One of the most popular marketing strategies in credit cards may be losing some luster.

Banks that have teamed up with affinity groups and corporations are finding that their partners are demanding a greater share of both the control and the profits.

The AFL-CIO is latest partner to flex its muscles. The giant labor union announced last week that it has picked Household International to issue its Union Privilege credit cards when an existing 10-year contract with Bank of New York Co. expires next February.

Bank of New York will have until then to match Household's offer, which guarantees the union $375 million over five years.

The labor union's effort to obtain a more profitable deal may embolden other affinity partners to reevaluate their arrangements with financial institutions. A number of such contracts will soon be up for renewal, having been forged four or five years ago.

As competition in the card industry heated up over the past several years, many issuers launched cards aimed at people affiliated with schools, companies, and other organization. Lenders also teamed up in "cobranding" deals with airlines, automakers, and other companies. Such programs offer rebates and other benefits to cardholders.

"When a program is successful, it creates an opportunity for the cobranded partner to evaluate the product offering, to improve their position," said Don Berman, president of Cardholder Management Services, Plainview, N.Y.

At least three other entities have demanded a greater portion of the profits from affinity or cobranding relationships.

Northwest Airlines broke off its contract with Banc One in 1994, and is offering its frequent-flier program with First Bank Systems Inc.

Last year, the Automobile Association of America requested bids from financial institutions to issue its membership credit card. Banc One and Mellon Bank Corp., which had arrangements with regional auto clubs belonging to the AAA, lost out to PNC Bank Corp in January.

Also last year, U S West Communications, the regional telephone company, left U.S. Bancorp to align with Household International.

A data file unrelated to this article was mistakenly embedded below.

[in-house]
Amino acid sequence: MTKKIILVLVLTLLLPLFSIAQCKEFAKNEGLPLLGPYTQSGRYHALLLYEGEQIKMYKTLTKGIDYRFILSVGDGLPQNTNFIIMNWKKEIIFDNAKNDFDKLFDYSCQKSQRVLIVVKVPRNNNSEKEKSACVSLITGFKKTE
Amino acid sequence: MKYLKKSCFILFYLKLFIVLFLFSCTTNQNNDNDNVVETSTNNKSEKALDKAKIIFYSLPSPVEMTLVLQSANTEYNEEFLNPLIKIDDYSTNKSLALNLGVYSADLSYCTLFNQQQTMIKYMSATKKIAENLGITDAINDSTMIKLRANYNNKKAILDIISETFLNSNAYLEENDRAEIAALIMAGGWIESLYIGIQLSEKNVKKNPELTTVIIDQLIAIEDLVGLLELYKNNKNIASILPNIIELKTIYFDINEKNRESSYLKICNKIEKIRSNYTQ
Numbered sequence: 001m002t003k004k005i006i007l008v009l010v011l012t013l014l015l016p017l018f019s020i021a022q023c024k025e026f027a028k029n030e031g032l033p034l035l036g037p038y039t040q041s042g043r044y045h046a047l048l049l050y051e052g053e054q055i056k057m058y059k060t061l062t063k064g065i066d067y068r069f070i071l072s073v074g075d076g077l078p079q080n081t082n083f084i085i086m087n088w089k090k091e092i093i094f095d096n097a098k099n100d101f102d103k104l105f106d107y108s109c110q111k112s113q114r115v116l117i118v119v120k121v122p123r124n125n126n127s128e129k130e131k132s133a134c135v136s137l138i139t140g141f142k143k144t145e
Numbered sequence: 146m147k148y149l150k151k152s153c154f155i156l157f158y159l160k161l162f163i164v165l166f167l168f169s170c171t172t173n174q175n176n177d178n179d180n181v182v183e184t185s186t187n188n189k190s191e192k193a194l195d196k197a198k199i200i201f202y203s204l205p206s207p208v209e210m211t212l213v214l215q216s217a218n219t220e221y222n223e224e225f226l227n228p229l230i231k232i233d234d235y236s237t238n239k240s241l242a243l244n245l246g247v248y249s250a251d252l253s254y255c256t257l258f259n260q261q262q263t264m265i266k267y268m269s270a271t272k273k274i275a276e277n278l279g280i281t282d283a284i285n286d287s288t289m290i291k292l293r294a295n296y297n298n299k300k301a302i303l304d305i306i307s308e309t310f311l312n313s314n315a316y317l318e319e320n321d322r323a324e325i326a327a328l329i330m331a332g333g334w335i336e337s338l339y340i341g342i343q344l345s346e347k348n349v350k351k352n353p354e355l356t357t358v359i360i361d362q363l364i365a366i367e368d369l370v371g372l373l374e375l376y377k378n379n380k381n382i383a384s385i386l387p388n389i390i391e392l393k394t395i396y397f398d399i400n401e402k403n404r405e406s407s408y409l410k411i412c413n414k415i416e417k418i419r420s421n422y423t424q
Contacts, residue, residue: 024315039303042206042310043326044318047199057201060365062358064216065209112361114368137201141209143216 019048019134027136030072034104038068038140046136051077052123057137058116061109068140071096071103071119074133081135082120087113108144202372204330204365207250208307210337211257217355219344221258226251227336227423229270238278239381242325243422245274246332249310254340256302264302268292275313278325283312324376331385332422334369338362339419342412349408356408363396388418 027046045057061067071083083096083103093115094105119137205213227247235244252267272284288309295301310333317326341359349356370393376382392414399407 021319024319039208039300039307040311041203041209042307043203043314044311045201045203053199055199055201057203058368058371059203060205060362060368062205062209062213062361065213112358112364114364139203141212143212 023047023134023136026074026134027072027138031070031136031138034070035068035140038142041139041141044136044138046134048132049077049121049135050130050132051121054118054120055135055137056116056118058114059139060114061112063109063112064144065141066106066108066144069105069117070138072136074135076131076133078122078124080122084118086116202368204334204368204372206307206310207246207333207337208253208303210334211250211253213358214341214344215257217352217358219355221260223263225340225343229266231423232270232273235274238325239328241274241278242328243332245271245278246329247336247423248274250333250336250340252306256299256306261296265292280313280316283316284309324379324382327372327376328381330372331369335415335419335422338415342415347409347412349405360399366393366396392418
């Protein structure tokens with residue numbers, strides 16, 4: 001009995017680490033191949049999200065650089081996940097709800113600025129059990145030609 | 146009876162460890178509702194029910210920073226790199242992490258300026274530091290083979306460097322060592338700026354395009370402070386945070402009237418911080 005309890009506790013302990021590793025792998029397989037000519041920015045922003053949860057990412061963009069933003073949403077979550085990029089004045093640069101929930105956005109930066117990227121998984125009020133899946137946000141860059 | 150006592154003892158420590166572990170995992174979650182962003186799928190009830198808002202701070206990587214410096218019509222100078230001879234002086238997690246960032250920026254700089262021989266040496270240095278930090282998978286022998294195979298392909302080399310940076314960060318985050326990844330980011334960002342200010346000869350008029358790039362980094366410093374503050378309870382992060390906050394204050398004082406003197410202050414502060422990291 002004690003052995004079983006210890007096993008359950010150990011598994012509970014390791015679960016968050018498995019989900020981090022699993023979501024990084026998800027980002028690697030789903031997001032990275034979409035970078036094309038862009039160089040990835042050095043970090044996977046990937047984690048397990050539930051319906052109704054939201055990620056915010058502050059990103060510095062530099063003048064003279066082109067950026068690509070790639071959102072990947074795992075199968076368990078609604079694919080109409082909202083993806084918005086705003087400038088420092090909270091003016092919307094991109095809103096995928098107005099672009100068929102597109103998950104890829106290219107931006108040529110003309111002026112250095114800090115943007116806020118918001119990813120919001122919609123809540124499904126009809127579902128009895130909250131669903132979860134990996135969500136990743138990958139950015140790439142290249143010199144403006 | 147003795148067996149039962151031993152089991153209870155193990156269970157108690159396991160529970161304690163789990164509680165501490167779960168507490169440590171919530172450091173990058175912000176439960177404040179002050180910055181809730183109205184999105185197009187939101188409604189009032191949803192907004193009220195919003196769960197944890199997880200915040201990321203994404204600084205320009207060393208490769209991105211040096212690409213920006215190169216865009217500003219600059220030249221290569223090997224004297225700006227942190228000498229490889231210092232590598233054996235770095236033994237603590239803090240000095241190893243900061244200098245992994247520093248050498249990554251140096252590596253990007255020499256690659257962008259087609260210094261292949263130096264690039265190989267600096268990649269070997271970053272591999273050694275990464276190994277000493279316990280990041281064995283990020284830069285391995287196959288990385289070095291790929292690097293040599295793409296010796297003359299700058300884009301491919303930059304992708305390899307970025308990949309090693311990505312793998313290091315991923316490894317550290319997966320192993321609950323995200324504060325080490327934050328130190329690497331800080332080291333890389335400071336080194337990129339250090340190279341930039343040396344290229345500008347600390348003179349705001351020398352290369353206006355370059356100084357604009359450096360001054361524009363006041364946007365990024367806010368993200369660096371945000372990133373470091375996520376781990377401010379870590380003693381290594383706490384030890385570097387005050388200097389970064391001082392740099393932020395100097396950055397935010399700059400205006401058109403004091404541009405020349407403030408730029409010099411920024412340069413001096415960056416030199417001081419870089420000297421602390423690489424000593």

"One partner cannot be making an inordinate amount of the profits," said Mr. Berman, referring to the Bank of New York.

Household's offer, according to sources close to the deal, is significantly more than the labor union had anticipated. First Union Bank finished second among those submitting proposals.

Union Privilege, currently branded a MasterCard, has a variable interest rate of 13.5%, no grace period, and no annual fee.

Household plans to offer the same product with identical terms, but it would also launch several new card products, including a secured credit card, and one that offers a grace period. Currently, union-owned Amalgamated Bank of New York issues the Union Privilege secured card.

In addition, Household wants to market a balance transfer offer that would allow union members to pay off their transferred balances at the prime rate.

David Silberman, an attorney advising the AFL-CIO's Union Privilege division, said the union believes Household will approve more of its members for credit cards because the bank has superior modeling technology.

Warren Wilcox, executive director of Household Credit Services, a subsidiary of Household International, said that his unit would take over the marketing of Union Privilege, which is currently handled by Affinity Group Marketing rather than by the Bank of New York.

"My understanding is that AGM has been fairly passive in marketing Union Privilege," said Mr. Wilcox. "It is a $3.6 billion business that has been dormant for the past several years."

The AFL-CIO has 13 million members and there are two million Union Privilege cardholders.

Mr. Wilcox said he expects a decision regarding who gets the contract will be reached before the deadline - next Feb. 28 - but added: "We shouldn't discount the fact that as the incumbent, the Bank of New York has the advantage."

He said Household also hopes to leverage its relationship with the AFL- CIO to offer other financial products, such as home equity, student, and auto loans.

Credit card issuers view union members as particularly desirable customers because they pay their bills on time, are more loyal than the general population of credit card users, and have higher incomes than nonunion workers, said Jon Ross, a spokesman for Union Privilege.

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